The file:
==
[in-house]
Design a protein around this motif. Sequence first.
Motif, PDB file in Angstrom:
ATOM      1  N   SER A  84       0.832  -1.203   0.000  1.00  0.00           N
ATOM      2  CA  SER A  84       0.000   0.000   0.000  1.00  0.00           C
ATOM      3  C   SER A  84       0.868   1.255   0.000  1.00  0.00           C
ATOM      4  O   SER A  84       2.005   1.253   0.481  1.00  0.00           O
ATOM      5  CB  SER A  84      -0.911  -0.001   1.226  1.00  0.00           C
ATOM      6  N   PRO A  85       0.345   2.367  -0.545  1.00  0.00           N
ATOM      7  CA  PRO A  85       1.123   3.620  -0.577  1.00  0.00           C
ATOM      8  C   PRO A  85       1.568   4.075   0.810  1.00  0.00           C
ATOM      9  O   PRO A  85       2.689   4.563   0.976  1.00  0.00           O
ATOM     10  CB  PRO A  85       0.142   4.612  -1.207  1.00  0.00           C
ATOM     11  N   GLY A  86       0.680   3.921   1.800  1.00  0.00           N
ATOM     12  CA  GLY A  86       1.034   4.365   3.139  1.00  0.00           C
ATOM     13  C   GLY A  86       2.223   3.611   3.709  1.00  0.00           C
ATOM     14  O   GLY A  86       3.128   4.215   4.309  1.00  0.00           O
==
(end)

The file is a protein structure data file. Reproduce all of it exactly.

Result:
[in-house]
Design a protein around this motif. Sequence first.
Motif, PDB file in Angstrom:
ATOM      1  N   SER A  84       0.832  -1.203   0.000  1.00  0.00           N
ATOM      2  CA  SER A  84       0.000   0.000   0.000  1.00  0.00           C
ATOM      3  C   SER A  84       0.868   1.255   0.000  1.00  0.00           C
ATOM      4  O   SER A  84       2.005   1.253   0.481  1.00  0.00           O
ATOM      5  CB  SER A  84      -0.911  -0.001   1.226  1.00  0.00           C
ATOM      6  N   PRO A  85       0.345   2.367  -0.545  1.00  0.00           N
ATOM      7  CA  PRO A  85       1.123   3.620  -0.577  1.00  0.00           C
ATOM      8  C   PRO A  85       1.568   4.075   0.810  1.00  0.00           C
ATOM      9  O   PRO A  85       2.689   4.563   0.976  1.00  0.00           O
ATOM     10  CB  PRO A  85       0.142   4.612  -1.207  1.00  0.00           C
ATOM     11  N   GLY A  86       0.680   3.921   1.800  1.00  0.00           N
ATOM     12  CA  GLY A  86       1.034   4.365   3.139  1.00  0.00           C
ATOM     13  C   GLY A  86       2.223   3.611   3.709  1.00  0.00           C
ATOM     14  O   GLY A  86       3.128   4.215   4.309  1.00  0.00           O